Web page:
Twitter Delays API Changes Amid Developer Outcry

The platform announced yet another deferral on its plans to make bots, researchers, emergency alert services, and developers pay for access.

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Stock image of Elon Musk, Twitter logo, money
The ol’ classic Musk X money X Twitter logo collab.
Image: Sergei Elagin (Shutterstock)

Elon Musk’s Twitter has announced another delay in plans to end free access to its application program interface (API). The postponement came from, where else, but a tweet from the platform’s official developer account posted on Monday afternoon.

“There has been an immense amount of enthusiasm for the upcoming changes with Twitter API,” the company alleged (note: there hasn’t.) “As part of our efforts to create an optimal experience for the developer community, we will be delaying the launch of our new API platform by a few more days.”


In response, developers, researchers, and others piled on to demonstrate their “enthusiasm.”

“Lol. This entire website is a disaster,” one climate data researcher wrote. “Yes, we are really ‘enthusiastic’ that we must pay $100 per month to access the API,” another data scientist posted. Others simply tweeted back meme reaction GIFs like this one of a chicken hitting its head against a wall repeatedly:


Following a period of confusion and third-party apps being banned without warning, Twitter announced it was instituting a paywall—even for basic API access. Initially, the company said the change would begin on February 9. In response, there was immense pushback.

Then, Musk promised that nebulously defined “good” bots would still be able to access the API for free. Then, the changeover date was pushed back to February 13. Now, the shift is delayed again—without any promised start date.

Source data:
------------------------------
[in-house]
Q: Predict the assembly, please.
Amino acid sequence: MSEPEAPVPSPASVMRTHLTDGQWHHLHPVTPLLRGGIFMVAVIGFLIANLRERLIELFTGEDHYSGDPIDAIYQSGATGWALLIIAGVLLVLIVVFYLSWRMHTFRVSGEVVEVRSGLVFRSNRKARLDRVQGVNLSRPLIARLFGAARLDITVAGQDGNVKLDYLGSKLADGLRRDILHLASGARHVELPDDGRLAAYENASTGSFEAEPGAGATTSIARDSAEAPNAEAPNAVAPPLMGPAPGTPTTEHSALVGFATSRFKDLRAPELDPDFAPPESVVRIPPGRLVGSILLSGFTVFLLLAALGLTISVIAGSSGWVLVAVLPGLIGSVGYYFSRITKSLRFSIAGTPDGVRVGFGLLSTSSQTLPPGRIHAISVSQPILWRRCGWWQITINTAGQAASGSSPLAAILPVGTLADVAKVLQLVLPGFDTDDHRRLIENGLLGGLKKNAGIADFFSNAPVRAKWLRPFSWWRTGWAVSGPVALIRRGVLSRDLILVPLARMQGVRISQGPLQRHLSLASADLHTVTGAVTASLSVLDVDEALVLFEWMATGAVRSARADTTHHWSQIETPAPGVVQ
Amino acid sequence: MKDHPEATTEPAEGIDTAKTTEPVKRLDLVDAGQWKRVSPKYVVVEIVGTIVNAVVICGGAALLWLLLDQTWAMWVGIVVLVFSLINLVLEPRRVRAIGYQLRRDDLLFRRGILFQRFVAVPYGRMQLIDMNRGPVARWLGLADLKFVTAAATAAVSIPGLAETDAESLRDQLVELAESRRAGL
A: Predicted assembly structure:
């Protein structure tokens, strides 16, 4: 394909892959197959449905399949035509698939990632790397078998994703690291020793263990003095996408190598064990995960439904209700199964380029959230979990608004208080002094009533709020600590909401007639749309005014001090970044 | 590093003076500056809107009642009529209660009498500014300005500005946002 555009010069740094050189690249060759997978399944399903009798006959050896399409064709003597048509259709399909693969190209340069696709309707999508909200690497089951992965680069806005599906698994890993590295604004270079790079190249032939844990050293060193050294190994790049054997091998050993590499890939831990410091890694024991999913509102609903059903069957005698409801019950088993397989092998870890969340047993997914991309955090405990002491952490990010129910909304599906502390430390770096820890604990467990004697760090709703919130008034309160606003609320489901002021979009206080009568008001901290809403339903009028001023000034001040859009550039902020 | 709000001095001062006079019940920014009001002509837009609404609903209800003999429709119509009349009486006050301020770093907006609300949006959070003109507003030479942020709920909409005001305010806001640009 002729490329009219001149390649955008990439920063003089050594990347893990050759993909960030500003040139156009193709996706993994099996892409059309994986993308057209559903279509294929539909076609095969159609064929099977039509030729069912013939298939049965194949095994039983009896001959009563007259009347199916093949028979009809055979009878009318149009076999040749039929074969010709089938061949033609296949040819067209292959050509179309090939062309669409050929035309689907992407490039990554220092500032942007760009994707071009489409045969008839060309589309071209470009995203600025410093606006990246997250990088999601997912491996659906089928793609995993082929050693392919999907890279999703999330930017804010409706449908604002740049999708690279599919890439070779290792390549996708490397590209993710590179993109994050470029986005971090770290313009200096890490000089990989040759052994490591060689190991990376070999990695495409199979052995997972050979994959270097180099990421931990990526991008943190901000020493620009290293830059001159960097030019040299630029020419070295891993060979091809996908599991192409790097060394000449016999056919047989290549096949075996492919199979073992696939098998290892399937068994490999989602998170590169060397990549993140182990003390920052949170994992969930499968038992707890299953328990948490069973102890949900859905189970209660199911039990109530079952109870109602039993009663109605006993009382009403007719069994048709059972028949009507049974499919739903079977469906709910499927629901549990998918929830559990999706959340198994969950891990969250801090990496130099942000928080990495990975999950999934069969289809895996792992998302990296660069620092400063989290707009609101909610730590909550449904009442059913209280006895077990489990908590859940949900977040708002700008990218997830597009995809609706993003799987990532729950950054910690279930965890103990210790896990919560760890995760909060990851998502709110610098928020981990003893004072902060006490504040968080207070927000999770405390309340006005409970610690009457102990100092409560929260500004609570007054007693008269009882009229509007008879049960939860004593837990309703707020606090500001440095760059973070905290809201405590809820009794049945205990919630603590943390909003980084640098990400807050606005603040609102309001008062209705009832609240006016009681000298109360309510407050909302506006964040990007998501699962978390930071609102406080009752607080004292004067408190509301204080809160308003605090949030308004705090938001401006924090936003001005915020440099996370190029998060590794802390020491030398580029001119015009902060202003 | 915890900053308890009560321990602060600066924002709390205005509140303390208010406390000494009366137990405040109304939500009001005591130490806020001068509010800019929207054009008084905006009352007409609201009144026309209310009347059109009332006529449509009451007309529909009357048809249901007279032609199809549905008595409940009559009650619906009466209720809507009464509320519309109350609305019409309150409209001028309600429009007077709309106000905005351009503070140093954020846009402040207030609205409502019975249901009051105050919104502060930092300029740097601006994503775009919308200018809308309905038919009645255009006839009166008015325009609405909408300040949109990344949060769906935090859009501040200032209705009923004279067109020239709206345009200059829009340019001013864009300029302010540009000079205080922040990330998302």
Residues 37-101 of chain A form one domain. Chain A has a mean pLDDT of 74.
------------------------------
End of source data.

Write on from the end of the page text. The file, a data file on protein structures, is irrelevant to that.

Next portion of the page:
Under the new system, Musk has hinted that basic API access would begin at about $100 per month. However, like everything else the billionaire tweets—that is liable to change. Previously, basic use of the platform API access been free—with paid tiers for more extensive, premium access.

Twitter’s API is the behind-the-scenes software intermediary that allows external sources like developers, researchers, and bot-makers to engage with the site’s digital infrastructure. It’s a critical door for widgets like Twitterific and Tweetbot—but also for emergency responders and volunteers trying to rescue people trapped following last week’s devastating earthquakes in Turkey and Syria.


Musk might think all bots are nefarious agents of propaganda and deceit, but the National Weather Service relies on Twitter’s API to automatically post severe weather warnings. Without access, and unless the agency and all of its distributed field offices begin paying Twitter, NWS alerts on the platform are likely to become much less reliable.

Then, there’s the fun bots—the @PepitoTheCat’s and @PossumEveryHour’s of the world. Those too would be stymied by an all-paid system.


The Twitter CEO has repeatedly asserted that the move to charge for API access is intended to combat bad bots. But even if that were true, it’s also pretty transparently a money-making scheme for a company that’s been in financial trouble since even before Musk spend $44 billion purchasing it, and incurred the company billions in debt.

It’s possible that if Twitter does maintain a version of “free” API access, it will be kept behind another paywall of Twitter Blue subscription—one of the many monetization moves Musk has been pushing in a bid to drum up funds.


Since the billionaire’s takeover, Musk has laid off more than three-quarters of the site’s staff, cut employee benefits, auctioned off office furniture, and stopped paying its rent.